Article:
In 2010, USAF initiated a study to determine the costs of retaining F-22 tooling for a future Service Life Extension Program (SLEP).[67] A RAND Corporation paper from this study estimated that restarting production and building an additional 75 F-22s would cost $17 billion, resulting in $227 million per aircraft, or $54 million higher than the flyaway cost.[68] Lockheed Martin stated that restarting the production line itself would cost about $200 million.[69] Production tooling and associated documentation were subsequently stored at the Sierra Army Depot, allowing the retained tooling to support the fleet life cycle.[70] Later attempts to retrieve this tooling found that the containers were empty.[71]

Russian and Chinese fighter developments have fueled concern, and in 2009, General John Corley, head of Air Combat Command, stated that a fleet of 187 F-22s would be inadequate, but Secretary Gates dismissed General Corley's concern.[58] In 2011, Gates explained that Chinese fifth-generation fighter developments had been accounted for when the number of F-22s was set, and that the U.S. would have a considerable advantage in stealth aircraft in 2025, even with F-35 delays.[72] In December 2011, the 195th and final F-22 was completed out of 8 test EMD and 187 operational aircraft produced; the aircraft was delivered to the USAF on 2 May 2012.[73][74]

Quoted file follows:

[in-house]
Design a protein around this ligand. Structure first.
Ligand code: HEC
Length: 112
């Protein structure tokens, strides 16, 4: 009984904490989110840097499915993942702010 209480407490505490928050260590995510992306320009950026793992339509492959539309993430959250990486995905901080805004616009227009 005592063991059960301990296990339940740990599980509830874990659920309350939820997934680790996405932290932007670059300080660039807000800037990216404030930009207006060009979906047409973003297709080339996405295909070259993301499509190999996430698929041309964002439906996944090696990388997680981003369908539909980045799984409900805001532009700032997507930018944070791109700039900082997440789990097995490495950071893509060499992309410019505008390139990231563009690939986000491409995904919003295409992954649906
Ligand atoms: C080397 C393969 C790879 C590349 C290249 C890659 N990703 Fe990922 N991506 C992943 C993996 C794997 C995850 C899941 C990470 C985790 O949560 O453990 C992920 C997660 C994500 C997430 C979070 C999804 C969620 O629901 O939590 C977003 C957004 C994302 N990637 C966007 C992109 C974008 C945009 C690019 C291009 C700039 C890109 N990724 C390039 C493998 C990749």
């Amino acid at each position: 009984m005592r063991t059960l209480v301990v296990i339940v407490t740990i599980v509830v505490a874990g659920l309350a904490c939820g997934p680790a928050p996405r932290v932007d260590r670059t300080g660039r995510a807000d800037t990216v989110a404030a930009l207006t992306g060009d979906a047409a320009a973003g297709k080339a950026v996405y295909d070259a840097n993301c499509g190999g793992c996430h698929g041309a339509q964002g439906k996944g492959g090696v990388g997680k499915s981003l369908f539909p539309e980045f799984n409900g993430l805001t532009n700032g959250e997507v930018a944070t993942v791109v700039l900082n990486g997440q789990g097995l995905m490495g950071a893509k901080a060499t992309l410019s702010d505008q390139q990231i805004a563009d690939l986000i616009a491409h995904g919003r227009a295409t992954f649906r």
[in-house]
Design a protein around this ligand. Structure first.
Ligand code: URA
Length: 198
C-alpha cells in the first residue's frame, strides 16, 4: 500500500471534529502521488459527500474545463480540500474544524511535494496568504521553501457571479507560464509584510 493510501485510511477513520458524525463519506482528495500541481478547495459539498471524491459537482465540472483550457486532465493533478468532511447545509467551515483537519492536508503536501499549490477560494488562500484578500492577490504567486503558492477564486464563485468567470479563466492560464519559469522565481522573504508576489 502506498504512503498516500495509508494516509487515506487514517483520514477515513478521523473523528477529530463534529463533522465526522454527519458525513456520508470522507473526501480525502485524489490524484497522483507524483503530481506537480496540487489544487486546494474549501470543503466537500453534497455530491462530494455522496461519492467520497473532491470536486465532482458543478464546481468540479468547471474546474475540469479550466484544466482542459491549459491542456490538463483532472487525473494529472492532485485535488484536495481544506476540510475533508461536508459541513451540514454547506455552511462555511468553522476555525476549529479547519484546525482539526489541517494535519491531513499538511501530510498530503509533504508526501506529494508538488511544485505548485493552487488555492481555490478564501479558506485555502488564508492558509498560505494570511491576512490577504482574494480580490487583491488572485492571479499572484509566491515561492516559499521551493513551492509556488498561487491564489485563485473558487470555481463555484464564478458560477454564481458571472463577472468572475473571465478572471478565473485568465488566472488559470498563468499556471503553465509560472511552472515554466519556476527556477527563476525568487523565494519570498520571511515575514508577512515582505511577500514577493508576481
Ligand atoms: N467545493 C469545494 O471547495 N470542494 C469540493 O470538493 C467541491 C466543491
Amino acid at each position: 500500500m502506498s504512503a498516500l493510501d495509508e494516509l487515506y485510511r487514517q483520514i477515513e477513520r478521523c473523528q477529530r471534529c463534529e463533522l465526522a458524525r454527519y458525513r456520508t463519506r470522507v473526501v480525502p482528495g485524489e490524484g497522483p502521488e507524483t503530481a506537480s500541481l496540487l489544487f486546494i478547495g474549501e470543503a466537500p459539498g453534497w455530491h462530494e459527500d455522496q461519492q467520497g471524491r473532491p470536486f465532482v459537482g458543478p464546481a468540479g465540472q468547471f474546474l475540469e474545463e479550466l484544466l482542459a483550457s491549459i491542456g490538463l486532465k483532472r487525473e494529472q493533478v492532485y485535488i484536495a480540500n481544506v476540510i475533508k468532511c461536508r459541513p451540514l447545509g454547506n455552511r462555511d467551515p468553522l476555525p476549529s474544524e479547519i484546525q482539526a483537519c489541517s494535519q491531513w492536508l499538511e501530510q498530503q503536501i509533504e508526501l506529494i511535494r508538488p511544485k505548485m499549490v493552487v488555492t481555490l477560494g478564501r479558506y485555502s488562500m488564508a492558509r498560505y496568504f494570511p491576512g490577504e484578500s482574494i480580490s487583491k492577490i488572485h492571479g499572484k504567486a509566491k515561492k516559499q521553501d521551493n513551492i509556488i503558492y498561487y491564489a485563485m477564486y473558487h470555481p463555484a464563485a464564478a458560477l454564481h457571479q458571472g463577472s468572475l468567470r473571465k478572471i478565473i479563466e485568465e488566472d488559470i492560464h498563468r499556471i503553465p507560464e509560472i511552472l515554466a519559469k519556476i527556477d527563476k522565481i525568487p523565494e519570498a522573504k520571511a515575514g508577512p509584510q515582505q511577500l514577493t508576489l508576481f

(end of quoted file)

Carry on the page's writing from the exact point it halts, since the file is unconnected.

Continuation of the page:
In April 2016, the House Armed Services Committee (HASC) Tactical Air and Land Forces Subcommittee proposed legislation that would direct the Air Force to conduct a cost study and assessment associated with resuming production of the F-22. Since the production halt directed in 2009 by then Defense Secretary Gates, lawmakers and the Pentagon noted that air warfare systems of Russia and China were catching up to those of the U.S.[75] Lockheed Martin has proposed upgrading the Block 20 training aircraft into combat-coded Block 30/35 versions as a way to increase numbers available for deployment.[76] On 9 June 2017, the Air Force submitted their report to Congress stating they had no plans to restart the F-22 production line due to economic and operational issues; it estimated it would cost approximately $50 billion to procure 194 additional F-22s at a cost of $206–$216 million per aircraft, including approximately $9.9 billion for non-recurring start-up costs and $40.4 billion for aircraft procurement costs.[77]

Upgrades[edit]